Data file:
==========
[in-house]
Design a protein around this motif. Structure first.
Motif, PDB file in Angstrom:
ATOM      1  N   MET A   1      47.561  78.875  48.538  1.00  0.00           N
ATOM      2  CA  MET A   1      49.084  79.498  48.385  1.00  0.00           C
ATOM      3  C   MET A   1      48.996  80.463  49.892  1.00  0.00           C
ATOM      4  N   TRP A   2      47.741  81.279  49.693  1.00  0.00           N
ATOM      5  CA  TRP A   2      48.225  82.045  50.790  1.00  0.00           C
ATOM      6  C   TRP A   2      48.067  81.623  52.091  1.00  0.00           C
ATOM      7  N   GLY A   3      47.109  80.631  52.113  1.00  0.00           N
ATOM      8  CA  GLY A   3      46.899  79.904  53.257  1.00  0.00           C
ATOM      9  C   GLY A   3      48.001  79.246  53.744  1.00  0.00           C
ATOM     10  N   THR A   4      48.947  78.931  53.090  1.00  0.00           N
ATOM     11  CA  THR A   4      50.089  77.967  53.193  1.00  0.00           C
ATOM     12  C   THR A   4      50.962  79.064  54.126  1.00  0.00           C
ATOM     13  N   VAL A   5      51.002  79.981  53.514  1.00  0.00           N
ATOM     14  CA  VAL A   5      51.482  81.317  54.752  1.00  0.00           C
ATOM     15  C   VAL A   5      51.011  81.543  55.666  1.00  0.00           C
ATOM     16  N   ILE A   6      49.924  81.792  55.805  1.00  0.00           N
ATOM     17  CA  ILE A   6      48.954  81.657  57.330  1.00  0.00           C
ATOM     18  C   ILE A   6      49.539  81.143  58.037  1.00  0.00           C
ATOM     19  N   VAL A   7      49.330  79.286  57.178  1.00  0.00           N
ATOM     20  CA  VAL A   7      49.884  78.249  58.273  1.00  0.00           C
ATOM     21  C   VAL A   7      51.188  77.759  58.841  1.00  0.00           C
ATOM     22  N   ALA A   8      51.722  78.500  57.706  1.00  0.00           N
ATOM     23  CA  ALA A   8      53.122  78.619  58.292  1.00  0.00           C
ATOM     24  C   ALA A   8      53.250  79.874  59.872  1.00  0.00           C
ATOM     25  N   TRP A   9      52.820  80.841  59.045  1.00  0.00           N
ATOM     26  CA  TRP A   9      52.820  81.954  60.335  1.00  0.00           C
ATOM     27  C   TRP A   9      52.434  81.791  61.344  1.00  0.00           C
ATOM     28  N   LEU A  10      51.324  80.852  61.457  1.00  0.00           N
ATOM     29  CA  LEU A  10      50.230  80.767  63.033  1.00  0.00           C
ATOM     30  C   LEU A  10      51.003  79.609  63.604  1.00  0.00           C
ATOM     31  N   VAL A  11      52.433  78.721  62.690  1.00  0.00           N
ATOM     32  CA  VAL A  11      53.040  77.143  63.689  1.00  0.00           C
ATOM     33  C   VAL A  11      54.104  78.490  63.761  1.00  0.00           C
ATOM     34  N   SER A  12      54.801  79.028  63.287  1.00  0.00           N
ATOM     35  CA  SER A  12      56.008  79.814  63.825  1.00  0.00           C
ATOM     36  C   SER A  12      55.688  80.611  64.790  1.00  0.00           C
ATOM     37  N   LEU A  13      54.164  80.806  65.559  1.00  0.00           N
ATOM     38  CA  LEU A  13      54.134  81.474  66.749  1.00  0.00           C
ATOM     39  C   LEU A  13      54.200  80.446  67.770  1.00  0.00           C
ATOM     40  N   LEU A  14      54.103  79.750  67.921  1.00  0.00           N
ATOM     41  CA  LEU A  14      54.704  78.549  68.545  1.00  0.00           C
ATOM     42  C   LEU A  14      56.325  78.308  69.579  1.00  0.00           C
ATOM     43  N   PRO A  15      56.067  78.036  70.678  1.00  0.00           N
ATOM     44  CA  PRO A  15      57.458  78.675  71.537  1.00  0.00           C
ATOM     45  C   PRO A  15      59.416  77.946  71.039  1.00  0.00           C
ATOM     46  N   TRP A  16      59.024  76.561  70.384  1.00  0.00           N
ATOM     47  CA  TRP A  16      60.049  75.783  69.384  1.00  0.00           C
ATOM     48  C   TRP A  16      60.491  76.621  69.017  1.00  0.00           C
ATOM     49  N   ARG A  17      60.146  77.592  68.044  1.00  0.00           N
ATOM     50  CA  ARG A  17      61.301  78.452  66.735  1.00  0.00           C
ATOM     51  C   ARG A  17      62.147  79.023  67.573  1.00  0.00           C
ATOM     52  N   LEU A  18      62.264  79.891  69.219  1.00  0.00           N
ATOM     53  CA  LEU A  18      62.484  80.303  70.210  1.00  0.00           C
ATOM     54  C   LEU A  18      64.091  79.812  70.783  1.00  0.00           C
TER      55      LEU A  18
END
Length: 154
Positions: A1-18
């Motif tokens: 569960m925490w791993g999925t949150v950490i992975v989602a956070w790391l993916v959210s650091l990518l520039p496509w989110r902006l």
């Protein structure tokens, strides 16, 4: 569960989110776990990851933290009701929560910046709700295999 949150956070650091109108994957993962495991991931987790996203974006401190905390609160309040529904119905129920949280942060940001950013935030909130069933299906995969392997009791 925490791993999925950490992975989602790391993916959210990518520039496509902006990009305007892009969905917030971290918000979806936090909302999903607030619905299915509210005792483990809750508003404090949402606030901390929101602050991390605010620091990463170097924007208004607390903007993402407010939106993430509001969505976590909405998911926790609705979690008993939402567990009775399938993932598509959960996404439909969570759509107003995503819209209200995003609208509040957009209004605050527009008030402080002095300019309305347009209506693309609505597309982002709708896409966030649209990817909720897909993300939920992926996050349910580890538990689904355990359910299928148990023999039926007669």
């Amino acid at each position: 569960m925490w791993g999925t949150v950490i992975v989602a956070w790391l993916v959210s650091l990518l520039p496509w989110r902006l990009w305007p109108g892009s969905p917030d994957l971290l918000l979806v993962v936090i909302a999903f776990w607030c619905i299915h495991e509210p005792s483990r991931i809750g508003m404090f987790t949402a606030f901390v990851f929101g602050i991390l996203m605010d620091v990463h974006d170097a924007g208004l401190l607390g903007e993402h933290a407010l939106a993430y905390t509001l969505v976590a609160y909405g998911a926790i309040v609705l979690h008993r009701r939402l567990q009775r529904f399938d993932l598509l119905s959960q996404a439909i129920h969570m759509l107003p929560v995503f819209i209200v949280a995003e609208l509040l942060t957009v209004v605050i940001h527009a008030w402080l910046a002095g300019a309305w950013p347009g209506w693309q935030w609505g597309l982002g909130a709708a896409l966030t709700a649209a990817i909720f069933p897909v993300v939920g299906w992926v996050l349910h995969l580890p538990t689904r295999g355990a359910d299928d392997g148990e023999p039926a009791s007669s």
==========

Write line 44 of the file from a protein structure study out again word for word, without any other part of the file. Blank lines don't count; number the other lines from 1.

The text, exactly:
ATOM     41  CA  LEU A  14      54.704  78.549  68.545  1.00  0.00           C